A very interesting extract from Gilbert Ryle shared by Adam Wood (MMU) at the Centre for Social Ontology PhD Conference:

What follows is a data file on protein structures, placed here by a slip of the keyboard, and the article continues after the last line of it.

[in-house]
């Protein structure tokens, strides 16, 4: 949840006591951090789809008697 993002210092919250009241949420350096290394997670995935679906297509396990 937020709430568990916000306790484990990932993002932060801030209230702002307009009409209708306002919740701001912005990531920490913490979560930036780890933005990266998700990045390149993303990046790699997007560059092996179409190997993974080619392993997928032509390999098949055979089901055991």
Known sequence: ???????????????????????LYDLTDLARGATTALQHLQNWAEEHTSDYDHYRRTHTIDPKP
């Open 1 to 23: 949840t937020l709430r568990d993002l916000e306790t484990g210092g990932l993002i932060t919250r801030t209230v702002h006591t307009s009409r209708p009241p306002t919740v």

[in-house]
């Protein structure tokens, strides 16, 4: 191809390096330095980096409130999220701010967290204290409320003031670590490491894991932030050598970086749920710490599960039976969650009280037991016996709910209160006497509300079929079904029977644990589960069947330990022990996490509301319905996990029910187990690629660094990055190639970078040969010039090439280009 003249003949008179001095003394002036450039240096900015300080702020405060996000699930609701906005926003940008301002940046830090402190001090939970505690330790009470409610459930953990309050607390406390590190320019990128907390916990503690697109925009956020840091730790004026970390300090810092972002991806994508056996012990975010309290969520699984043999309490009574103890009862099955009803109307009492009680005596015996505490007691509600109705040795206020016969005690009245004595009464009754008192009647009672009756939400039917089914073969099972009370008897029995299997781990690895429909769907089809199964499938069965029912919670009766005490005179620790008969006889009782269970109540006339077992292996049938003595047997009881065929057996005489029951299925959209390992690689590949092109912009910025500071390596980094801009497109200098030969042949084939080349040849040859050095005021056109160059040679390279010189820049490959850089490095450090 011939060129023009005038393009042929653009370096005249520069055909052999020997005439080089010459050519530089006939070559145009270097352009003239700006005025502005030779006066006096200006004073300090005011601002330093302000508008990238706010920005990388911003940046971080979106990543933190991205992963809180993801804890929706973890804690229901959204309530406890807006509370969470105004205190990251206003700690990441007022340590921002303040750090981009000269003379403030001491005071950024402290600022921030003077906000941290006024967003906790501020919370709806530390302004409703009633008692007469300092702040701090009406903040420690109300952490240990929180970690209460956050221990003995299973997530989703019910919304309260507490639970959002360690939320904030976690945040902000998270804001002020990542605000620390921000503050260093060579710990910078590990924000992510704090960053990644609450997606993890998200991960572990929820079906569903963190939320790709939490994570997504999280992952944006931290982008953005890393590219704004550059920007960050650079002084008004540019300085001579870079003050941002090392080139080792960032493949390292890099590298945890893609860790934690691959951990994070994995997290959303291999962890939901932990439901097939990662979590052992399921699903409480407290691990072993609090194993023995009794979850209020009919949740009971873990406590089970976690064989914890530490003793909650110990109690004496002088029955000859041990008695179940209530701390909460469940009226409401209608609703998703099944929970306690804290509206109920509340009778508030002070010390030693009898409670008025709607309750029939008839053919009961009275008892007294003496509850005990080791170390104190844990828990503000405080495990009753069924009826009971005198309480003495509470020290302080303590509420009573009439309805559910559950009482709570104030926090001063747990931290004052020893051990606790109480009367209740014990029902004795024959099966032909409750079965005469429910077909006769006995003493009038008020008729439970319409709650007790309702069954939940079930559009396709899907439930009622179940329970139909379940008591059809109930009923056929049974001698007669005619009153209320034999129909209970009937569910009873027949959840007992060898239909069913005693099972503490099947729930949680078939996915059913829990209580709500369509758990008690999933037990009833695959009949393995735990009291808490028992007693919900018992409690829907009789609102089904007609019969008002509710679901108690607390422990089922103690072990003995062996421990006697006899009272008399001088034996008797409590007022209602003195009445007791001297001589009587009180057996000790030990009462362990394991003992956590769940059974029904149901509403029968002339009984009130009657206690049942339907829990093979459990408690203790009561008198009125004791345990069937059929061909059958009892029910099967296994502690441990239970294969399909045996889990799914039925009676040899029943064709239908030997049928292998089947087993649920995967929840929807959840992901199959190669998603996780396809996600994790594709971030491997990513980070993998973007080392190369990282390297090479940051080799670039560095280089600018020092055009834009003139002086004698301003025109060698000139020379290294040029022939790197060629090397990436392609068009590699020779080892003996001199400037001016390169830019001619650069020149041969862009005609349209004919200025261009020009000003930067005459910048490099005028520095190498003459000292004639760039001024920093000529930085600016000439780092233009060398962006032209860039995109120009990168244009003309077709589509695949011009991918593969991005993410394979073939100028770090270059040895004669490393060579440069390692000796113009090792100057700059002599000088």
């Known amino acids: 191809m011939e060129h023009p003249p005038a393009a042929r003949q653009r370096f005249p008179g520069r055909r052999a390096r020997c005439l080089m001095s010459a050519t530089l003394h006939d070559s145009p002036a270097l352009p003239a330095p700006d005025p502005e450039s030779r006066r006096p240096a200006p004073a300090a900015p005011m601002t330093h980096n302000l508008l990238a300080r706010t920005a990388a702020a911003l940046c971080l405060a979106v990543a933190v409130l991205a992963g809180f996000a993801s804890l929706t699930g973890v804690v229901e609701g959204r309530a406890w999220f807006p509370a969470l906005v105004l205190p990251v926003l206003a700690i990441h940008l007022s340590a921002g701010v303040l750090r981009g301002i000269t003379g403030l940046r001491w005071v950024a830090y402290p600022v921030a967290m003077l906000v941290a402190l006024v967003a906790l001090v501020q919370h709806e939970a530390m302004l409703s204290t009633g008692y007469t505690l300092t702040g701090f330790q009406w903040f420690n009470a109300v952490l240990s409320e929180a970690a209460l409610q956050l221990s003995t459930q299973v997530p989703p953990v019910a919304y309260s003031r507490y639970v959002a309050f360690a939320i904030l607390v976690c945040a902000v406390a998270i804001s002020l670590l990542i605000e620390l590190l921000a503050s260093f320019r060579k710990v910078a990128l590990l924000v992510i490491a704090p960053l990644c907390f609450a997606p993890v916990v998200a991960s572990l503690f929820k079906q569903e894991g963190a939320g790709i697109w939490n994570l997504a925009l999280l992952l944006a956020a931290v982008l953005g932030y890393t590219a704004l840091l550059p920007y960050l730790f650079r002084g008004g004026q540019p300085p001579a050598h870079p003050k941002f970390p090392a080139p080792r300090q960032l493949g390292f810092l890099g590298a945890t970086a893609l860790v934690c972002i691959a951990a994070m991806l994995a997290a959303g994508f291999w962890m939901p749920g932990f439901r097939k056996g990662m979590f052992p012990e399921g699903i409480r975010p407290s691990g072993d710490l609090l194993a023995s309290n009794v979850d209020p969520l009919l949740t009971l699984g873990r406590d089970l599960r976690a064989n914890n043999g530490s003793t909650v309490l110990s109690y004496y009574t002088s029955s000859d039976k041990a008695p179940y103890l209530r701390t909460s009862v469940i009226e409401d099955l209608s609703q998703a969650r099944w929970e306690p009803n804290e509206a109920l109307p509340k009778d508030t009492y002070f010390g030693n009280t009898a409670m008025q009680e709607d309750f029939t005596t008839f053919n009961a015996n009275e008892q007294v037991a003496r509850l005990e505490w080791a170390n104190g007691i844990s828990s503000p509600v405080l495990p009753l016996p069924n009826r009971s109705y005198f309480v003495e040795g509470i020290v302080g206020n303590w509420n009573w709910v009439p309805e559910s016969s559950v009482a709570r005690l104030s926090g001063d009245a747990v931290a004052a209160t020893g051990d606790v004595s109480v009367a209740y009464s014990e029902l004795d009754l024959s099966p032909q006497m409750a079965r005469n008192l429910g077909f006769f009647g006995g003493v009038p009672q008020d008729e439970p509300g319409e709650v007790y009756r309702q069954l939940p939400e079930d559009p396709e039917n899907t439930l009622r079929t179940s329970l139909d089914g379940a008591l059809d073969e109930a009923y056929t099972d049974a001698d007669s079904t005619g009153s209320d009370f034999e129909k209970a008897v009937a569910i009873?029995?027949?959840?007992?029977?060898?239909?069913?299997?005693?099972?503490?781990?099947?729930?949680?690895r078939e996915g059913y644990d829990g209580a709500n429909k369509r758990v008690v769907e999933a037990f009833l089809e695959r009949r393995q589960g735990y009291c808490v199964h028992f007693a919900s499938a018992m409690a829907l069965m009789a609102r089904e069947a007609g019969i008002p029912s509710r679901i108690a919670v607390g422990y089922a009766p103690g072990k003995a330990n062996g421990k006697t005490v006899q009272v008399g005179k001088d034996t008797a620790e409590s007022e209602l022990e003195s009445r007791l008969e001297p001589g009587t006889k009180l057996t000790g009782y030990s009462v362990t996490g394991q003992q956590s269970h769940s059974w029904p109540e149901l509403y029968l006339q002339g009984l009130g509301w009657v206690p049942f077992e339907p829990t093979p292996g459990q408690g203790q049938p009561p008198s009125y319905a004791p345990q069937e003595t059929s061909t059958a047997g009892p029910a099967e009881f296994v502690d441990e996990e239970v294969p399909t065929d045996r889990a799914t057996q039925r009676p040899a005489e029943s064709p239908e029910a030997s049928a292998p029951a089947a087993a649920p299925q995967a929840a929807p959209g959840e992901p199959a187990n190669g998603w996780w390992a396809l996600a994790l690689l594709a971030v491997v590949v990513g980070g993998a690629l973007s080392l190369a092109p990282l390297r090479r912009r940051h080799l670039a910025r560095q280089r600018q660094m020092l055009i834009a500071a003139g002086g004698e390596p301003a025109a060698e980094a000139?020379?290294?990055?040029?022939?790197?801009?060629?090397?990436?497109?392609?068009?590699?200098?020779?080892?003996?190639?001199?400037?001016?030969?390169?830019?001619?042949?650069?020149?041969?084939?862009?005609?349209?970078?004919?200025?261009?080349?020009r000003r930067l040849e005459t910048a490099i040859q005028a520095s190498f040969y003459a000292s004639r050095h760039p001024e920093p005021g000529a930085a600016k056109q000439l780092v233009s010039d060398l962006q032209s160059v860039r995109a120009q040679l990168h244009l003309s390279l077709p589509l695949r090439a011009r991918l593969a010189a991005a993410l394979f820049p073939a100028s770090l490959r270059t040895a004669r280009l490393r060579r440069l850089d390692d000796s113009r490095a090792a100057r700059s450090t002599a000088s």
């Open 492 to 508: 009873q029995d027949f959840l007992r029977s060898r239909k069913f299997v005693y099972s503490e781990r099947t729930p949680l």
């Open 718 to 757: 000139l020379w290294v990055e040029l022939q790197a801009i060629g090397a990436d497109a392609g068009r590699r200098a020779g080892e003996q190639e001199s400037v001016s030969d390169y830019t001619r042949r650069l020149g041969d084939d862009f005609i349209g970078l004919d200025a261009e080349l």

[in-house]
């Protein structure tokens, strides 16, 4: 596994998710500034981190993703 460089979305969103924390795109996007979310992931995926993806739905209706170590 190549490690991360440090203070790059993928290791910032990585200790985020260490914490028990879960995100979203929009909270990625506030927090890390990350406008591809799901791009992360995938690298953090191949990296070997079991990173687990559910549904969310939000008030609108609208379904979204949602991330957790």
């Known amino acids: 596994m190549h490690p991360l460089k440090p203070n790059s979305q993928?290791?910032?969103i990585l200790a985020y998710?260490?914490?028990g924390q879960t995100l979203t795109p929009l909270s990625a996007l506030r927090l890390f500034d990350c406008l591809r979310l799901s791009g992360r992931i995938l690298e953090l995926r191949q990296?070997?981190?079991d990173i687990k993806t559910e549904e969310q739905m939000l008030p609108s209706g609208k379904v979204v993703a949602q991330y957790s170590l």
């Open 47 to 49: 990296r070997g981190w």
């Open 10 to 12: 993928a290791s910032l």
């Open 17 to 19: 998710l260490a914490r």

A foreigner visiting Oxford or Cambridge for the first time is shown a number of colleges, libraries, playing fields, museums, scientific departments, and administrative offices. He then adds “but where is the university? I have seen where the mumbers of the colleges live, where the Registar works, where the scientists experiment and the rest. But I have not yet seen the University in which reside and work the members of your university.” It has then to be explained to him that the University is not another collateral institution, some ulterior counterpart to the colleges, laboratories, and offices which he has seen. The University is just the way in which all that he has already seen is organized. When they are seen and when their coordination is understood, the University has been seen. His mistake lay in his innocent assumption that it was correct to speak of the Christ Church, the Bodleian Library, the Ashmolean Museum, and the University, to speak, that is, as if “the University” stood for an extra member of the class of which these other units are members. He was mistakenly allocating the University to the same category as that to which the other institutions belong.